Ten Dreams That Raised Some Of the Dead

by Robert Crisman

Dreams will show you a life that might or might not be yours, but you better believe that they've got to serve when you're asked to come up with a story."
--Frank Baron, the night he made bail and left town

1. First Blood in Dreams Long Ago

      The endrocine system of dreams allowed my lost love one last time in blue smoke in the old gutted building on Third as I stood transfixed in a doorway and waited. She wore her silken black hair as a crown that haloed her pale aristocrat's face, the skin tight over bone, from which she'd fashioned a mask of indifference--as all my loves do in my dreams--and she smoked cigarettes, and I knew that she waited as I did, and I saw her nerves chewing, and maybe she waited on me. To save her? I know I felt lust in that doorway and lust signals peril rather than rescue, yet with the lust I felt an ache stirring, and it was an ache that I'd felt through 10 lifetimes, an ache that had made me jump, dance, and sing to the music she'd played way back in Year One, when I saw that our sins would be written in stone from that moment.
     My tears are silent, as unshed tears are, and dried to dust now, oh so silent, unshed--as if I could match her indifference then bleed her that way, and then walk away, free at last, free at last, from the fear that took hold of my throat that red night when she and I ripped at each other and she bled me first and gave me to know that first blood will last til the end of my time here on earth.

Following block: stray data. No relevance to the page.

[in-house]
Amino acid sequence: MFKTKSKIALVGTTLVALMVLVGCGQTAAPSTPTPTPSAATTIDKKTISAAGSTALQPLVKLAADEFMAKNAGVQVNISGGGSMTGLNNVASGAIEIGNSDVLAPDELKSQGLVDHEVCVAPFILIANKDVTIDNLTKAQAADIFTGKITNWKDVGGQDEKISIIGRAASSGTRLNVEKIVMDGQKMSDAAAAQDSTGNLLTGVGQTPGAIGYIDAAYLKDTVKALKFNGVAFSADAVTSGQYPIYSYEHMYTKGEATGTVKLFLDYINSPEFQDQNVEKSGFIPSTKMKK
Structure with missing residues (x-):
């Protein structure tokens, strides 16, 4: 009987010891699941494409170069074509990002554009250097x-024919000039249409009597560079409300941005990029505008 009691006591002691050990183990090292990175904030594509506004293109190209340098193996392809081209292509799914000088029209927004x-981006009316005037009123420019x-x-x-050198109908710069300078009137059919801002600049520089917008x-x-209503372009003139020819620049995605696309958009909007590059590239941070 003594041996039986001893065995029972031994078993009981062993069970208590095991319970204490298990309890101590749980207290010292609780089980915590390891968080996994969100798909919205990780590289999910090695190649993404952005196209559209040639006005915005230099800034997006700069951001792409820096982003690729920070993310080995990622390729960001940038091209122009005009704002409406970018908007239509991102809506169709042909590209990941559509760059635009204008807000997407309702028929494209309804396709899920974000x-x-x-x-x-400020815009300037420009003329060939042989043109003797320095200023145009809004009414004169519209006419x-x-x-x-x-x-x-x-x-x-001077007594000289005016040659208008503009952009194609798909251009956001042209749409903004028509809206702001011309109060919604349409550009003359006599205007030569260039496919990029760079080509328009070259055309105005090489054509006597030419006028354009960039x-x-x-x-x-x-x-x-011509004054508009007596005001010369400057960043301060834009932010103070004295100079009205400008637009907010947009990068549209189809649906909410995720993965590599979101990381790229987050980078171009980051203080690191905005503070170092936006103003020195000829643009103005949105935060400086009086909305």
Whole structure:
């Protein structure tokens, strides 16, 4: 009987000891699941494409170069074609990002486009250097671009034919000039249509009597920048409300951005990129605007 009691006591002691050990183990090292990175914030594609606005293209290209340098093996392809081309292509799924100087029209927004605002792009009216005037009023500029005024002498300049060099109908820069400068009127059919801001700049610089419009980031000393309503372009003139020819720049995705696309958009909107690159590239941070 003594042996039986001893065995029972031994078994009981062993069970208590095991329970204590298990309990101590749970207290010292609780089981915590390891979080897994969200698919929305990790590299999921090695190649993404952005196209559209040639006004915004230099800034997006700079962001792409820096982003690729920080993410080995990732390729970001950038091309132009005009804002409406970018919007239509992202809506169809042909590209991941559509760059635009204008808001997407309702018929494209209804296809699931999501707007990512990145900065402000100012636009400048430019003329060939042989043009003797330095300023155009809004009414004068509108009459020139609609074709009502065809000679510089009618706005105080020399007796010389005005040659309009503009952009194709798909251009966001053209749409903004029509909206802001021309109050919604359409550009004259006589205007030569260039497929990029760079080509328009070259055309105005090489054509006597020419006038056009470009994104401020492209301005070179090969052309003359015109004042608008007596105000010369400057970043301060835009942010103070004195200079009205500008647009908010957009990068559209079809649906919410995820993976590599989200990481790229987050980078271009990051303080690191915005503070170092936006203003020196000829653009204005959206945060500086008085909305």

They told me revenge would come in a dream, downtown where my ghosts are, and so I stand in this doorway as she awaits rescue, and I don't believe them, nor do I want to.

2. A Fine Yellow Dust

     In the dream Yesler rolled, a  broad avenue made of fine yellow dust, from Third down toward Second, and I made my way in the silence and bright morning air. To my left on the corner on Second stood the old Mocambo cafe and lounge, home to drag queens in plumage and closed 40 years, in whose windows I now saw the dead, standing and sitting in chairs and looking out blankly at nothing.
     I felt their death crawl inside me, and just for a moment I was death, or all but the very next thing, so help me God.
     Later, I'd feel the breath and the sex and the rot of a man whose life I had taken and placed below concrete, and I'd feel the fear of the death that promises not one iota's cessation of pain, in life or the dreams life inflicts.
     I continued on down toward Pioneer Square, Yesler now thin cement, and I brushed through crowds that seemed to be ghosts, and were silent as ghosts, and their faces and bodies were those of the people who'd always looked through me and not even bothered to note my presumption in walking among them and breathing their air.
     I slipped into Pioneer Square, a blackened brick warren, and bazaar of cafes and parties in clubs that people never attended.
     I looked for Alicia through miles and miles, and maybe 10 cities, yet always within these same eight square blocks. Alicia, the beauty who'd loved me, then fled to this dream, to a home made of smoke, though I didn't know that til the night down the years when she cut my breath short in that doorway...
     Dreams are places that gut you and spill all your secrets, so legend has it, and that's why fear shrieked here and why I redoubled my desperate efforts to hide, as I had in my life when I claimed her love, and that's when I knew that my search for Alicia was also a hunt for a death not yet named, and that this death would take place uptown in a dream, where the man that I murdered is buried.

3. Sendoff

     I came to a place, a skid row hotel off Pioneer Square just up First, my new digs in this dream, and I had to crawl through a hard-packed dirt tunnel, the entrance, which closed on me there and blacked out the rest of my stay.
     Still, you know how it goes: I wore my time in that place so to speak, through all dreams to come, and it strikes me now for the very first time that my silence, so deep that it echoed from this dream to that, was the silence of miners buried in rubble whose prayers have escaped them and fled down a tunnel.